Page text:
Make a thorough inspection of slings and attachments. Items to look for include:

  • Missing or illegible sling identification,
  • Acid or caustic burns,
  • Melting or charring of any part of the sling,
  • Holes, tears, cuts, or snags,
  • Broken or worn stitching in load bearing splices,
  • Excessive abrasive wear,
  • Knots in any part of the sling,
  • Discoloration and brittle or stiff areas on any part of the sling,
  • Pitted, corroded, cracked, bent, twisted, gouged, or broken fittings, and
  • Other conditions that cause doubt as to continued use of a sling.

Where any such damage or deterioration is present, remove the sling or attachment from service immediately.

Chapter 5.0
Recommended Operating Practices


Section 5.1 Purpose

5.1.1The purpose of this chapter is to provide guidelines of webbing sling preparation, inspection and use.

Section 5.2 Mechanical Considerations

5.2.1Determine weight of the load. The weight of the load shall be within the rated capacity of the sling.
5.2.2Select sling having suitable characteristics for the type of load, hitch and environment.
5.2.3Slings shall not be loaded in excess of the rated capacity. Consideration should be given to the angle of lift, (sling to load angle) which affects rated capacity.
5.2.4Slings with fittings which are used in a chocker hitch shall be of sufficient length to assure that the choking action is on the webbing, and never on the other fitting.
5.2.5Slings used in a basket hitch shall have the load balanced to prevent slippage.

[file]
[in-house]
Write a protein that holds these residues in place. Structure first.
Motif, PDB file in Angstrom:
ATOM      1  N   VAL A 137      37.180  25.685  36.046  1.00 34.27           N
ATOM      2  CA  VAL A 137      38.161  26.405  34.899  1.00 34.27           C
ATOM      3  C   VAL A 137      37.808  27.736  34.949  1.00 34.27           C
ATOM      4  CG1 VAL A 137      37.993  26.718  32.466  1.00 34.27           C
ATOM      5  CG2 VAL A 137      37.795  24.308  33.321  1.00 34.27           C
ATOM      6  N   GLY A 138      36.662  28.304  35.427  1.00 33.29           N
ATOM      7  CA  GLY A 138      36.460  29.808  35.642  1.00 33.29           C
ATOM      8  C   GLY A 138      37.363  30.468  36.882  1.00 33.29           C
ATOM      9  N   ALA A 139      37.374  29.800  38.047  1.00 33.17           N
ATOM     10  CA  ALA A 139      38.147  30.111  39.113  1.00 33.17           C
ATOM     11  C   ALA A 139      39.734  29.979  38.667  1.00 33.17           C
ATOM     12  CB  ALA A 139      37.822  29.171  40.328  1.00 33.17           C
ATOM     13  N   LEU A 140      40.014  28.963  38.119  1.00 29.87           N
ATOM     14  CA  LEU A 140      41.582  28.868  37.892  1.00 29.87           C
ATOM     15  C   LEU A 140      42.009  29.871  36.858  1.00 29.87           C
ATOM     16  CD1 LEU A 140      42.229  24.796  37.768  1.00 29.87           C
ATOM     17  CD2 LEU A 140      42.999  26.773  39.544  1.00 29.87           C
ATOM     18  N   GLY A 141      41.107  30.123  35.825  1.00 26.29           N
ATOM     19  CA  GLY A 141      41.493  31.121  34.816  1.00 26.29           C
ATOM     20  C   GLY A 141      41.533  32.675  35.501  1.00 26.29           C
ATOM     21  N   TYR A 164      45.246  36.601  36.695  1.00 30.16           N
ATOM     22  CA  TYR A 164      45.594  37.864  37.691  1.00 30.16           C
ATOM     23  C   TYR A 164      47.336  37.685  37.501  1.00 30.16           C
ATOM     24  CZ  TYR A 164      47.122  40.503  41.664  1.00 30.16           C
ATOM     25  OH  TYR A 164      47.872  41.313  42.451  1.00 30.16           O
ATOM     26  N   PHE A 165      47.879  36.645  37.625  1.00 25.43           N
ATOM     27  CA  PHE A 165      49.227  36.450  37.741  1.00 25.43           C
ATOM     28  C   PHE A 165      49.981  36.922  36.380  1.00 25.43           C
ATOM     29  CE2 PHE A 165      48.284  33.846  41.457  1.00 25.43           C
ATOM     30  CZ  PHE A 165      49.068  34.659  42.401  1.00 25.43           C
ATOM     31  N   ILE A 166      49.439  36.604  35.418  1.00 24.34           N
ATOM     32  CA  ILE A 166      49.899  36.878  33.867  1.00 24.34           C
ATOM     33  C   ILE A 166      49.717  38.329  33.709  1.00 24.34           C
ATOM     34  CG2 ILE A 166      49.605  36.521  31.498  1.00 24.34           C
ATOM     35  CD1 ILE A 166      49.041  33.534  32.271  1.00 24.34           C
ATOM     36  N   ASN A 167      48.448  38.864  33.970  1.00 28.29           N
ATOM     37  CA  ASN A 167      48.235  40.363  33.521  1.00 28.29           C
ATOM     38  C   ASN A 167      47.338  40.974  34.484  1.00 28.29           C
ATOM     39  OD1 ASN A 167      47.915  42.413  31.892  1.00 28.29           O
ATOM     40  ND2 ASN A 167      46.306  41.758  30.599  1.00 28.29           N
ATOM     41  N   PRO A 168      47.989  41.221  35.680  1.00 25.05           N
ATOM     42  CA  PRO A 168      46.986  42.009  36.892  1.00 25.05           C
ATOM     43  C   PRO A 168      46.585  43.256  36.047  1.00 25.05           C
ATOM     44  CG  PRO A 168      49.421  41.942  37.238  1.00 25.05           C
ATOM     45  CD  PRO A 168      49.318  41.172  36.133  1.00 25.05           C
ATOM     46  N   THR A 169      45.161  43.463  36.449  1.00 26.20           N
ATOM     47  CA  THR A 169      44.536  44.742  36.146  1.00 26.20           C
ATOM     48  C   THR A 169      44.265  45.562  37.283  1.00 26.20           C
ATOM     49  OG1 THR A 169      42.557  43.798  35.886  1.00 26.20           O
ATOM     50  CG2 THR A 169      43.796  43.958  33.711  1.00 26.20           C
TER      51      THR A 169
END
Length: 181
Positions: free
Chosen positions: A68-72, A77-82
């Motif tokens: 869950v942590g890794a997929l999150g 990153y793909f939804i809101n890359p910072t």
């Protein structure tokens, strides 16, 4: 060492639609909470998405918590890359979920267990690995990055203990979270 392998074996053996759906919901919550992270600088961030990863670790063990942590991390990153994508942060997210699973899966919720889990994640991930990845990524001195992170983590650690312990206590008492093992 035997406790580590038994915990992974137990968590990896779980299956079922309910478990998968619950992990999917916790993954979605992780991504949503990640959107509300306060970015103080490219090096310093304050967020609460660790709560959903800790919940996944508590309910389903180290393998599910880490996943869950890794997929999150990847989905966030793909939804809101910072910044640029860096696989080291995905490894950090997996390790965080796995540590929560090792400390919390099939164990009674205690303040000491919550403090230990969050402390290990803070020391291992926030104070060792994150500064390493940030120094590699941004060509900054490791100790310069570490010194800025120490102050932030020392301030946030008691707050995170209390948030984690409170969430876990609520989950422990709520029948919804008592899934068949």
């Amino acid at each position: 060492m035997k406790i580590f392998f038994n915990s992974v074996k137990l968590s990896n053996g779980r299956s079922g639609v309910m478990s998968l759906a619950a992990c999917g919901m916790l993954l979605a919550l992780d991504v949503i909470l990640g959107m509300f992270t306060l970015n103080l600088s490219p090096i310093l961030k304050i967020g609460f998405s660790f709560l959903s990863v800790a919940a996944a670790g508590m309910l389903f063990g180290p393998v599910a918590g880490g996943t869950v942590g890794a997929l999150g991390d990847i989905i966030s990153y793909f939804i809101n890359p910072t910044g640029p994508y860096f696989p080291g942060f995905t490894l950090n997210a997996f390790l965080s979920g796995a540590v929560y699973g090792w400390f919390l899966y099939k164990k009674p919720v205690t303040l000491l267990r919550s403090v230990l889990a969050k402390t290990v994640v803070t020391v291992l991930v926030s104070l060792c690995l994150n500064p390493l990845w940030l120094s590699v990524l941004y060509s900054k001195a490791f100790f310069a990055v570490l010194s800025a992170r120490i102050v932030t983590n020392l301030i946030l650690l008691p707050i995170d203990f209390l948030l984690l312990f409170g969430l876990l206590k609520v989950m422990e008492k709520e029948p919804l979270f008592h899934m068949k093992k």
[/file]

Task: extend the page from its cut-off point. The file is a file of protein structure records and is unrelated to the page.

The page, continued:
5.2.6The opening in fittings shall be the proper shape and size to insure that the fitting will seat properly in the hook or other attachments.
5.2.7Slings shall be protected from contact with edges, protrusions or abrasive surfaces.
5.2.8Slings shall not be dragged on the floor or over an abrasive surfaces.
5.2.9Slings shall not be pulled from under loads when the load is resting on the sling.
5.2.10Slings shall not be pulled from under loads when the load is resting on the sling.
5.2.11Do not drop slings equipped with metal fittings.
5.2.12Slings that appear to be damaged shall not be used unless inspected and accepted as usable under Section 5.2.
5.2.13The sling shall be hitched in a manner providing control of the load.
5.2.14Portions of the human body should be kept from between the sling and the load, and from between the sling and the crane hook or hoist hook.
5.2.15Personnel should stand clear of the suspended load.
5.2.16Personnel shall not ride the sling.
5.2.17Shock loading should be avoided.
5.2.18Twisting the legs (branches) shall be avoided.
5.2.19Load applied to the hook should be centered in the base (bowl) of hook to prevent point loading on the hook.
5.2.20During lifting, with or without the load, personnel shall be alert for possible snagging.
5.2.21The slings’ legs (branches) should contain or support the load from the sides above the center of gravity when using a basket hitch.
5.2.22Slings shall be long enough so that the rated load (rated capacity) is adequate when the angle of the legs (branches) is taken into